Since the reader will have obtained a general idea of how the ease of business indicators work, I will keep the remainder of this discussion relatively brief, focussing only on the individual DTF indicators and not on their components. Table 11 shows the improvement in DTF for dealing with construction permits. There has clearly been a big improvement in the Modi years.

Table 12 shows the improvement in DTF for getting electricity for businesses. Again, there has been a significant improvement in the Modi years. Data for UPA I are not available in this case. Table 13 shows the improvement in DTF for registering property. Here, the UPA I government does the best, and things actually have got worse under the Modi sarkar.

Getting credit is another metric in which things have got worse under Modi, as can be seen in Table 14. There are many more DTF categories, and their subcomponents, such as “Protecting Minority Investors”, “Paying Taxes”, “Trading Across Borders”, “Enforcing Contracts” and “Resolving Insolvency”. I could go into the details of which administration did well in each category and its subcomponents, but I think I have made my point here, which I will restate below.

Business has been getting gradually easier in India since 1992 and since the widespread use of computers, irrespective of which administration has been in power. Some administrations have done well in some aspects of doing business, whereas others have done better in other aspects.

The improvement rate in the overall DTF for India also indicates that business has been improving at almost the same steady rate over the years since these metrics have been calculated. As such, the Modi sarkar has not done anything extraordinary in improving the ease of doing business any more than how business had already been getting easier to do.

One final metric I shall present in this section is the corruption score, since corruption greatly affects the ease of doing business. This is reported by a different organisation, Transparency International . The news of the corruption rank, again, made a splash last year when it was revealed that India had “moved up” the rankings of the less corrupt. What people did not realise was that only the rank had improved; the level of corruption, measured by the “corruption score” of Transparency International, had not improved. What this means is that India’s rank improved because other countries became more corrupt, not because India became less corrupt.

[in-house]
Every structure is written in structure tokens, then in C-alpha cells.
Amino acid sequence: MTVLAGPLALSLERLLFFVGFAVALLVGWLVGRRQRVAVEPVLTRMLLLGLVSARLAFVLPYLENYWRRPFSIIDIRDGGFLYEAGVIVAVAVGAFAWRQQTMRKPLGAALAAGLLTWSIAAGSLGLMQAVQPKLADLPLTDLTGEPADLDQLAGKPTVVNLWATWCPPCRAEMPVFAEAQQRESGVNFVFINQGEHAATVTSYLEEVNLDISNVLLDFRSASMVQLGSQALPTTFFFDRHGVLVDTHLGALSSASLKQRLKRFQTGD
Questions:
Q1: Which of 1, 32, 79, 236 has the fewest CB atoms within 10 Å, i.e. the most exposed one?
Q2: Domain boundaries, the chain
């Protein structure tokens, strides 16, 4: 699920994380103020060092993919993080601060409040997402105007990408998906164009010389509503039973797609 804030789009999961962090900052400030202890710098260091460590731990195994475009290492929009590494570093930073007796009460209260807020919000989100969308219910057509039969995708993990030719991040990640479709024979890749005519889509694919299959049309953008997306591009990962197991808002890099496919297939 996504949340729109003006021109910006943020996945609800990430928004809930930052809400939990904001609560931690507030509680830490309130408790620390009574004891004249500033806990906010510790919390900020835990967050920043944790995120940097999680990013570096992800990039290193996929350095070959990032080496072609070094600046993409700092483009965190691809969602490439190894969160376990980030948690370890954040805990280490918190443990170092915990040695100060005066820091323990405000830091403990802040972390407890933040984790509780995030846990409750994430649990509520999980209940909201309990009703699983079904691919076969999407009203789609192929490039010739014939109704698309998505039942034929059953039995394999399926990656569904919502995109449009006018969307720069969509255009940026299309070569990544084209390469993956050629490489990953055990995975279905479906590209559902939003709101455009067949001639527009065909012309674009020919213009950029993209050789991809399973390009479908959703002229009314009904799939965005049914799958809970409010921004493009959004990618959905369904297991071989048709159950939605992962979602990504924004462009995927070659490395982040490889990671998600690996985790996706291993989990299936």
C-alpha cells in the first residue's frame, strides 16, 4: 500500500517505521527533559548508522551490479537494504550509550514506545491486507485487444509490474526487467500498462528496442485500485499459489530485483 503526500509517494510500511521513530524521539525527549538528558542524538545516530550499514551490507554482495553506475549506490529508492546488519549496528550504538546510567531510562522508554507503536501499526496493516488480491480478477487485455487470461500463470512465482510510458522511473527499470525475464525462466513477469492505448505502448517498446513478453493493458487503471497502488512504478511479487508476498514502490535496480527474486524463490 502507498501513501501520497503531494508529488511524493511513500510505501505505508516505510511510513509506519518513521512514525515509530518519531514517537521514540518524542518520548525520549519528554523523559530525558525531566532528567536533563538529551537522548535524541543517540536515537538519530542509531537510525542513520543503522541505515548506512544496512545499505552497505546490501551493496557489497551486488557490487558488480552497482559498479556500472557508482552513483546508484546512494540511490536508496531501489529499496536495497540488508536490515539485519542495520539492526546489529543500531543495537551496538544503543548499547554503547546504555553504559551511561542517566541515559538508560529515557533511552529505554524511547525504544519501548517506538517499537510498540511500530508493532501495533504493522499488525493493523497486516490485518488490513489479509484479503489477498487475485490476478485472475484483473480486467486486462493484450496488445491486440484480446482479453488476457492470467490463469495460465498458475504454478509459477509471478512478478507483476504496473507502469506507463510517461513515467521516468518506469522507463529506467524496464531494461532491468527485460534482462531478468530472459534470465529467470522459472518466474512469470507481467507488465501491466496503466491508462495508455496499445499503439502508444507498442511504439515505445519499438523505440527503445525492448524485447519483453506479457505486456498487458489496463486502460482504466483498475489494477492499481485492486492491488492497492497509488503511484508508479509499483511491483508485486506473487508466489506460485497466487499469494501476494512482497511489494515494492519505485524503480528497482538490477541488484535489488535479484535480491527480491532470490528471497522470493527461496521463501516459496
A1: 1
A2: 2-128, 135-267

Figure 12 shows the change in the corruption score over the years. It can clearly be seen that there was a significant improvement in reducing corruption in the UPA years (a higher number is better here). The corruption score when the UPA II demitted office was 38, and the corruption score in Modi’s first year, in 2015, was also 38. Nothing changed. Table 15 shows the annual improvement in the corruption score for different regimes. It can be seen that corruption slightly increased under the Vajpayee regime, decreased significantly under UPA I, decreased less impressively under UPA II, and has not changed at all under the Modi sarkar in the one year for which we have data.


A careful, data-driven analysis of the three administrations prior to the Modi sarkar and the Modi sarkar itself reveals that overall, under the Modi administration, India is growing at pretty much the same rate as under the previous administrations, give or take a little. Some metrics look stunningly good in the UPA administrations, but some also look bad. The same is true of Modi’s administration. The ease of business also reveals the same pattern —some hits, some misses.

What this tells us is that with a large country like India and a large administrative service, a lot of credit probably goes to the babus who ensure continuance of good policy. While individual governments can and do leave their stamps in the emphasis they give to different aspects of governance, it is fair to say that overall the country tends to move in the right direction and at more or less the same pace. This is a good thing for stability.

However, from a political perspective, what this illustrates is that while grandiose promises may help someone get elected, delivering on those grand promises (such as much faster development) is likely to be rather difficult. One thing that this analysis clearly shows is that our days are not statistically any more “acche” than they were earlier. If people hold Modi to account for his promises, on the basis of objective data, he may face difficulty convincing them to re-elect him in 2019, assuming, of course, that people make their choices on rational bases and economics. If people vote for cultural reasons like Hindutva, all bets are off and this entire analysis is quite irrelevant.

Seshadri Kumar is an R&D Chemical Engineer with a BTech from IIT Bombay and an MS and a PhD from the University of Utah, U.S. He writes regularly on political, social, economic, and cultural affairs at